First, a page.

If you come across any let me know yhanks! there are 2 separate links below

 https://instagram.com/p/-DopWNndt9/https://instagram.com/p/-IpcLMzXIA/

 

Edited by Trey

Share this post


Link to post
Share on other sites

Three nights of post-screening Q & As, starting tonight...

Join us this weekend at Arclight Hollywood for three Q&As for "Janis: Little Girl Blue" following the 7:30 PM screenings. Learn more: http://ow.ly/VlRpp
12/3: Director Amy Berg
12/4: Amy Berg and KCRW's Gary Calamar
12/5: Amy Berg, Ellen Page & Juliet Lewis

Share this post


Link to post
Share on other sites

I haven't seen this doc yet, but how are Ellen Page and Juliet Lewis involved? Why would they be interviewed with Amy Berg - unless it's for different projects? It's unclear...

Share this post


Link to post
Share on other sites

Here's a brief audio interview with Amy Berg on NPR Music recently:

A Picture Of Janis Joplin, In Shades Of 'Blue'

Thanks very much for posting this great interview. Can't wait to see the film also. So much rare footage it's great this stuff is finally coming out. Also check out this great clip of talk show host Dick Cavett telling brilliant stories of his time hanging out with Janis going to dinner and the movies. He's here talking at a recent pre-screening Q&A with director Amy Berg.

 

Share this post


Link to post
Share on other sites

I read in one of the movie reviews Juliette Lewis is in the movie talking about how Janis influenced her music. Ellen Page I presume is a fan but I agree I don't think she is good enough to be involved in a Q&A. They could have got more of Janis's friends there to tell personal stories-there are lots that appear in the movie.

Here's a brief audio interview with Amy Berg on NPR Music recently:

A Picture Of Janis Joplin, In Shades Of 'Blue'

Thanks very much for posting this great interview. Can't wait to see the film also. So much rare footage it's great this stuff is finally coming out. Also check out this great clip of talk show host Dick Cavett telling brilliant stories of his time hanging out with Janis going to dinner and the movies. He's here talking at a recent pre-screening Q&A with director Amy Berg.

 

Share this post


Link to post
Share on other sites

I haven't seen this doc yet, but how are Ellen Page and Juliet Lewis involved? Why would they be interviewed with Amy Berg - unless it's for different projects? It's unclear...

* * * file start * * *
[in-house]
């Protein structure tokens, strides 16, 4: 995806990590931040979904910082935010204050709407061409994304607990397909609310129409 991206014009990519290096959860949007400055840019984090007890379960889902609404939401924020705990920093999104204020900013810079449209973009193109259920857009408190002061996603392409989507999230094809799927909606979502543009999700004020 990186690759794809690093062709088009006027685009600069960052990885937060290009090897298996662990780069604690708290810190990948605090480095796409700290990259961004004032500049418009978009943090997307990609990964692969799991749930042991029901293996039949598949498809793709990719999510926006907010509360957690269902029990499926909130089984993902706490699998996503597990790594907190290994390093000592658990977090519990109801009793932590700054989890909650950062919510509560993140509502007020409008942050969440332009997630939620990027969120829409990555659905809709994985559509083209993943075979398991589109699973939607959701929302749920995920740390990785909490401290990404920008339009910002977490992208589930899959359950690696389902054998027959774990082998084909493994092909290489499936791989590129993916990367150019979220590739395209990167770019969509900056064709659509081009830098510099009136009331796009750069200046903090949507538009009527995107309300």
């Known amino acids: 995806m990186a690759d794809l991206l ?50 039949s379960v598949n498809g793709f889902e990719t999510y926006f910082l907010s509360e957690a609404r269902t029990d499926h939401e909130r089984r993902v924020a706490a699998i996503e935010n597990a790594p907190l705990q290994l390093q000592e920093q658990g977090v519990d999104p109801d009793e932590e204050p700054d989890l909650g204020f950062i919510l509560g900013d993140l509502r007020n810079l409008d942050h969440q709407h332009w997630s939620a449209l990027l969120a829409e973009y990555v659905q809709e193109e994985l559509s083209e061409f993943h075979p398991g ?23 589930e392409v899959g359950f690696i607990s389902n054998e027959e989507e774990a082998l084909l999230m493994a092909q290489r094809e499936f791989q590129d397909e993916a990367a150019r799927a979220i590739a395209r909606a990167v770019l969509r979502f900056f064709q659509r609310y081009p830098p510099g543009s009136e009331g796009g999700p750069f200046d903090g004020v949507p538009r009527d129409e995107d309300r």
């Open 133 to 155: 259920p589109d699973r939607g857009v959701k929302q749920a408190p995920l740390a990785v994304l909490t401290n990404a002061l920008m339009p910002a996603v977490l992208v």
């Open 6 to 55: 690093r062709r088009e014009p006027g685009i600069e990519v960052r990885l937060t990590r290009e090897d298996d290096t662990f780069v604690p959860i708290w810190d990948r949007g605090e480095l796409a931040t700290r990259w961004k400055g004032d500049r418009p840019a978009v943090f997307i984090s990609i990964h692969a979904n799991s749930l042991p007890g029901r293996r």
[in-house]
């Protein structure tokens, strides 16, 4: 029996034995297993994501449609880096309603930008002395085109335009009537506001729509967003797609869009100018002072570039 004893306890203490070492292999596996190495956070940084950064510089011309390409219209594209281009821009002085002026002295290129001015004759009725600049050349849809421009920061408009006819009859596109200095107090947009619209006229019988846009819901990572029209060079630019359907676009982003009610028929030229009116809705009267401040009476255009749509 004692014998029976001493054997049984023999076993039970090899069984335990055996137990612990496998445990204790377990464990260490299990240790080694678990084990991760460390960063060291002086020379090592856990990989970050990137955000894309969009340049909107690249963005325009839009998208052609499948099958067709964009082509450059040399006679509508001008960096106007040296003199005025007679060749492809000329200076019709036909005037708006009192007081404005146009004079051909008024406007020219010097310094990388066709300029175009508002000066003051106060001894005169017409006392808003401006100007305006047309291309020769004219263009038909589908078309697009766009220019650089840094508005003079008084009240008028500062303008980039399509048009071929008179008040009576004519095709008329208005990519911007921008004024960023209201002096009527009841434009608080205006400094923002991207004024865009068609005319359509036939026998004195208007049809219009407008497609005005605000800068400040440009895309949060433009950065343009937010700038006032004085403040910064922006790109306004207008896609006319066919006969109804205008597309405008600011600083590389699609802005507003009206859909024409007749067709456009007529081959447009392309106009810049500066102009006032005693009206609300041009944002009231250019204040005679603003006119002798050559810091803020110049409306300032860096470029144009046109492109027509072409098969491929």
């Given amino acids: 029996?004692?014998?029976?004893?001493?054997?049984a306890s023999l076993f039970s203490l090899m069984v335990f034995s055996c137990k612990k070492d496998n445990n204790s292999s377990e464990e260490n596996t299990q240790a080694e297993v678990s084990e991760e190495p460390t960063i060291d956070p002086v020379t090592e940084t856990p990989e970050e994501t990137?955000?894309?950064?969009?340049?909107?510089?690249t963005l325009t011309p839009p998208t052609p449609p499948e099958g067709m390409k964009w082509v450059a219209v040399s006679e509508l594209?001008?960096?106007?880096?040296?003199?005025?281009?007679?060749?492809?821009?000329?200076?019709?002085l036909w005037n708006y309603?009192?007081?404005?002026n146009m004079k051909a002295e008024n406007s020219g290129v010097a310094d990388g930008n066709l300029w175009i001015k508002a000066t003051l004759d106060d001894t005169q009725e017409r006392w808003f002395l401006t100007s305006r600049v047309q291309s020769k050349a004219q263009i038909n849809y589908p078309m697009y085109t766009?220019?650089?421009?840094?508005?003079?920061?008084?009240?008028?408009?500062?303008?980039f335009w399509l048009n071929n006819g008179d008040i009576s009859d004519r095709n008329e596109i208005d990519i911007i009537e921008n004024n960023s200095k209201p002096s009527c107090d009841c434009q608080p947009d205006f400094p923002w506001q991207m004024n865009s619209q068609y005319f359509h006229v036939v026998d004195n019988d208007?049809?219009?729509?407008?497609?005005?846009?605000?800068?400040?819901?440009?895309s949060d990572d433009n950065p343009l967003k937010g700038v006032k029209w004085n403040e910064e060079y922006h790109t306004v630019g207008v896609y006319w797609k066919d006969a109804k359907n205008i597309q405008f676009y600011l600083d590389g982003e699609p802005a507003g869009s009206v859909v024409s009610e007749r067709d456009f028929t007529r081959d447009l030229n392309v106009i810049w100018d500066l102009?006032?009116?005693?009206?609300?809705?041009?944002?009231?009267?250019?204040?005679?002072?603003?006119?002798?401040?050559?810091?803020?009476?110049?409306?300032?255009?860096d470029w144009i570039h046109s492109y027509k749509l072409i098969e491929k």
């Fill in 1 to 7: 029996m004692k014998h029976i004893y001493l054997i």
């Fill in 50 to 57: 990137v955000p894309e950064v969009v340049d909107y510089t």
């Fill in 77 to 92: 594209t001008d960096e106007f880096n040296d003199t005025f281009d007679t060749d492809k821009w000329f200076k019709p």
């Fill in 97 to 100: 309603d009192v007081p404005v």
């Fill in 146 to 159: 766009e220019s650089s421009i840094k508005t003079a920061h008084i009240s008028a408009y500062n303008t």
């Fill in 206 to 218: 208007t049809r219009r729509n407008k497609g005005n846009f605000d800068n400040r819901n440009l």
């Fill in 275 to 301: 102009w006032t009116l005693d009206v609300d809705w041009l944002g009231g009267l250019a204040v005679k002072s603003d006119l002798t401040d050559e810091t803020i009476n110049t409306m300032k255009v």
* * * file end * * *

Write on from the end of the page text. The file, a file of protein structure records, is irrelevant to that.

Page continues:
Juliette Lewis features at the end of the movie talking about how Janis influenced her. Ellen Page I presume is a fan but I agree why is she involved? She's not good enough to speak on Janis at one of her film premiers! Why not get one of Janis's friends or musical contempories to speak. It's great that young performers like Ellen are spreading the word about Janis to this generation but I think someone else would have been a better choice to speak.

Share this post


Link to post
Share on other sites

Thanks very much for posting this great interview. Can't wait to see the film also. So much rare footage it's great this stuff is finally coming out. Also check out this great clip of talk show host Dick Cavett telling brilliant stories of his time hanging out with Janis going to dinner and the movies. He's here talking at a recent pre-screening Q&A with director Amy Berg.

 

You're welcome, Trey, glad you enjoyed it. Thanks for the Cavett Q&A! They seem to have been quite close and you'd never have guessed it by looking at them. 

Juliette Lewis features at the end of the movie talking about how Janis influenced her. Ellen Page I presume is a fan but I agree why is she involved? She's not good enough to speak on Janis at one of her film premiers! Why not get one of Janis's friends or musical contempories to speak. It's great that young performers like Ellen are spreading the word about Janis to this generation but I think someone else would have been a better choice to speak.

 

This is it. Given what you said about Lewis, I guess it makes some sense for her to be there, but without knowing Page's involvement, it stands out as a strange choice given all the options available.

Looking forward to seeing it!

Share this post


Link to post
Share on other sites

Janis would have been 73 yesterday. In a parallel universe she's enjoying the tributes to her long, distinguished, and utterly original life and career. That's not our lot, but we do have the music and interviews that still leave us so transfixed after all this time.

12523120_979103548824365_252890106439590